2002 – Steve Jobs announced the iMac to the world on May 6, 1998, and several Apple dealers had midnight hours on August 15, 1998 so they could sell the new US$1,299 Bondi blue computer as soon as Apple allowed.
Bringing Location Manager to OS X, Macsense FireWire CardBus card for PowerBooks, new Metal Gear, hard drive deals, and more.
Low cost Combo drive for Lombard and Pismo, Iomega mini USB flash drives, 24x USB 2.0 CD burner, and more.
In my previous article, I discussed the care and maintenance of the venerable Mac Plus. Well, I displayed my imperfections as a Triassic Mac user. I know a number of things about old Macs. However, I am a writer, not an engineer (with apologies to the late DeForest “Bones” Kelley).
First 2.5″ 80 GB notebook hard drive, Logitech QuickCam for Notebooks, handle for Titanium PowerBooks, Apple addresses Sleep of Death, double-speed USB floppy drive, and more.
When we published Flash Cards: A Solution for Low Memory Macs in June 2000, Maxwell Cabral suggested using CompactFlash (CF) for virtual memory. The scenario: Pop a CF card into a PC Card (formerly PCMCIA) adapter, plug that into the PC Card slot on your PowerBook, format it as a Mac volume, open the Memory control panel, and […]
New iBooks and PowerBooks, Combo drive upgrade for dual-USB iBooks, SkyLINE 802.11b WiFi PC Card, and more.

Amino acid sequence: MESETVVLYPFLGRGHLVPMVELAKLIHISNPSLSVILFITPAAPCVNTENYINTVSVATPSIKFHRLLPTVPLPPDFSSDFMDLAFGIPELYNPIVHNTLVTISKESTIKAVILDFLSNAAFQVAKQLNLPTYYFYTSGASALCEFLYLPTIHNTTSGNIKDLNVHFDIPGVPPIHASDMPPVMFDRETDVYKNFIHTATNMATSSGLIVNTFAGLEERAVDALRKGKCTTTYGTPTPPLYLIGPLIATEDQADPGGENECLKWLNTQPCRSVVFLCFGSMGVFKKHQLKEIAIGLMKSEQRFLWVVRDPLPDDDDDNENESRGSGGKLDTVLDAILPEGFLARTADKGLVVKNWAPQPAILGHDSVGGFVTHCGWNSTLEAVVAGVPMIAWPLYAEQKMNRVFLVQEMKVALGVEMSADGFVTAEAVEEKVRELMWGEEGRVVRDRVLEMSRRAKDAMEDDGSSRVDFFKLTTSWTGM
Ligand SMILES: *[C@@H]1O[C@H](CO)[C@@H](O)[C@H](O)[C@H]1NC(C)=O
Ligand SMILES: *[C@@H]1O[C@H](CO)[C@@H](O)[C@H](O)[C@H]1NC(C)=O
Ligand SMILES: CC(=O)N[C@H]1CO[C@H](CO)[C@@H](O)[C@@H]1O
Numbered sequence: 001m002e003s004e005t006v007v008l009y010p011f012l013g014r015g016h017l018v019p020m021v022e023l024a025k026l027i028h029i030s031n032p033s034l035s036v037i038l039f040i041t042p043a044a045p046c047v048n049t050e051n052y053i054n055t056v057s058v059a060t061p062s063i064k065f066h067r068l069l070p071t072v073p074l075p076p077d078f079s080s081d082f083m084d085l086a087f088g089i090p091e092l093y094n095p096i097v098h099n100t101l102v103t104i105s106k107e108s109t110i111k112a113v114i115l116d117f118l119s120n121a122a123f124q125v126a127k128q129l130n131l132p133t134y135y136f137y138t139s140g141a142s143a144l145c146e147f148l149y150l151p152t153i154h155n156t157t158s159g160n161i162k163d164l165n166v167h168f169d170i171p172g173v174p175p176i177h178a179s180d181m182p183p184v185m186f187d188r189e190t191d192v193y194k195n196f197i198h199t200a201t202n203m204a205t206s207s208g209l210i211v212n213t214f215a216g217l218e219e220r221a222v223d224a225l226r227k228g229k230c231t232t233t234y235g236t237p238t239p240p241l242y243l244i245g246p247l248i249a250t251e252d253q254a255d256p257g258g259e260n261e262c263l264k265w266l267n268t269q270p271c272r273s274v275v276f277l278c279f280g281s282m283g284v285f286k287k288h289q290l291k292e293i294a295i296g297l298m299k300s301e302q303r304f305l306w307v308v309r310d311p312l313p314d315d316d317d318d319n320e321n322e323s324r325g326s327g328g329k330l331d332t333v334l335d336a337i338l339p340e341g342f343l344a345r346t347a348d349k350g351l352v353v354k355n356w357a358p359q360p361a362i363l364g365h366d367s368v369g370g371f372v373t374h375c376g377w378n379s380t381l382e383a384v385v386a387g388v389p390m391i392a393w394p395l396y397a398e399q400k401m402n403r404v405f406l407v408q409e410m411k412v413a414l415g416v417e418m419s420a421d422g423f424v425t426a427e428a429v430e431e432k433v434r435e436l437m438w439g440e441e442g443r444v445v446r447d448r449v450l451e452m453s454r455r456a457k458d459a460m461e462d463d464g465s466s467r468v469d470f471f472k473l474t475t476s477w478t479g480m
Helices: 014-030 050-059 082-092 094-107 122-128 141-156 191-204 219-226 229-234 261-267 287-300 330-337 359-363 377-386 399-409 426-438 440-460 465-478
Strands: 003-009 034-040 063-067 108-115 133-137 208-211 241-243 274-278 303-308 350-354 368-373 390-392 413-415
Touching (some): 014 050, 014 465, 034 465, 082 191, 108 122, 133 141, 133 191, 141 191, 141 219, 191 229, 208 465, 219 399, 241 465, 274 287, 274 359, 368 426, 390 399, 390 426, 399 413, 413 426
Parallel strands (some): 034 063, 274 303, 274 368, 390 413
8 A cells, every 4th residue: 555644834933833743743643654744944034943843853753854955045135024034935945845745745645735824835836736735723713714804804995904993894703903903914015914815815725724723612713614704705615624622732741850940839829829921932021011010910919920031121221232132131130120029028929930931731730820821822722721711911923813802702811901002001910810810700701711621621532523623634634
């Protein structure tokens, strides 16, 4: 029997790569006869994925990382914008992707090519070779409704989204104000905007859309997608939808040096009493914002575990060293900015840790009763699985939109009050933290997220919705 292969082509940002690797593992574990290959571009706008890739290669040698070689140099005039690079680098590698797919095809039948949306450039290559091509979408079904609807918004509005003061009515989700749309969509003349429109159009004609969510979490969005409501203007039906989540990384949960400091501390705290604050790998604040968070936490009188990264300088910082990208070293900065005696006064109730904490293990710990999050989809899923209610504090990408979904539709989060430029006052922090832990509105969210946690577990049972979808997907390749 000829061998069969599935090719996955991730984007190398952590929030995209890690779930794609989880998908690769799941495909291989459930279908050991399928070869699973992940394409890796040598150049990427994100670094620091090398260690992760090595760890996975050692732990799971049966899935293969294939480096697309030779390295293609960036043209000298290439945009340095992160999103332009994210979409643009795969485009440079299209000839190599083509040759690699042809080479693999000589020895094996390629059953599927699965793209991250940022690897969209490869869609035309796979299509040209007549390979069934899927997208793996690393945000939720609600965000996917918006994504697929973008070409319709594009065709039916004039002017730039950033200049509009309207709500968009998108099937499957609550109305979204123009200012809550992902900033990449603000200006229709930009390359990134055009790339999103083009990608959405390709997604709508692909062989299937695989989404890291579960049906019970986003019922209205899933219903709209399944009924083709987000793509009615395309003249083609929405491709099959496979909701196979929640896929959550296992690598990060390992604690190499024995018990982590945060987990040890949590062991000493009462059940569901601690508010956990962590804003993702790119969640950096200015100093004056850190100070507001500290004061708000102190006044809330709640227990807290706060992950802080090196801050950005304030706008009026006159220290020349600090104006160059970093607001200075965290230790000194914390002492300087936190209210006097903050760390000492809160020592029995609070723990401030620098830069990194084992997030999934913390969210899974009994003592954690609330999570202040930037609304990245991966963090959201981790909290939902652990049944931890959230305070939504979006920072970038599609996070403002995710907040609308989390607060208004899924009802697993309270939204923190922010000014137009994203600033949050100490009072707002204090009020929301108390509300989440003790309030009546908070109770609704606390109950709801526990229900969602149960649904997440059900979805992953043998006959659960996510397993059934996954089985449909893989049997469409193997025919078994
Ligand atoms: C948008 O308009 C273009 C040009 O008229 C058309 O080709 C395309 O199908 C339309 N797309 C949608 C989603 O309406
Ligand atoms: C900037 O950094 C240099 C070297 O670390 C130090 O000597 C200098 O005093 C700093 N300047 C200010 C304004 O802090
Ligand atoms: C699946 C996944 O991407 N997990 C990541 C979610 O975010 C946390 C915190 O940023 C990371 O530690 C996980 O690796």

A bit more than six months after bumping the fastest TiBook from 667 MHz to 800 MHz, Apple once again updated the titanium workhorse with faster processors (867 MHz and 1 GHz) and ATI Mobility Radeon 9000 graphics (with 32 MB of video memory on the slower model, 64 MB on the faster).
The November 2002 14″ iBook runs at 800 MHz, 100 MHz faster than its predecessor. The new Mobility Radeon 7500 graphics offers improved video performance and has 32 MB of video memory, twice as much as the previous 14-incher.
Apple improved the popular iBook by boosting CPU speeds another 100 MHz. The entry-level 700 MHz model has a CD-ROM drive, while the 800 MHz one includes Apple’s Combo (CD-RW/DVD) drive. The new iceBooks use ATI’s Mobility Radeon 7500 with 16 MB or 32 MB of VRAM.
Of all of the Triassic Macs, the Mac Plus has the most sentimental value among the Low End Mac community. For many 1980s computer users, it was the first Mac they ever owned. For others, it was the first device they used as a replacement for the venerable typewriter.
Not even two years old yet, the PowerBook G4 is growing long-in-the-tooth and ready for an overhaul. And what an overhaul it’s going to be!
PowerBook LCD and screen backlight replacements, colorful iBook bag, other cases, and more.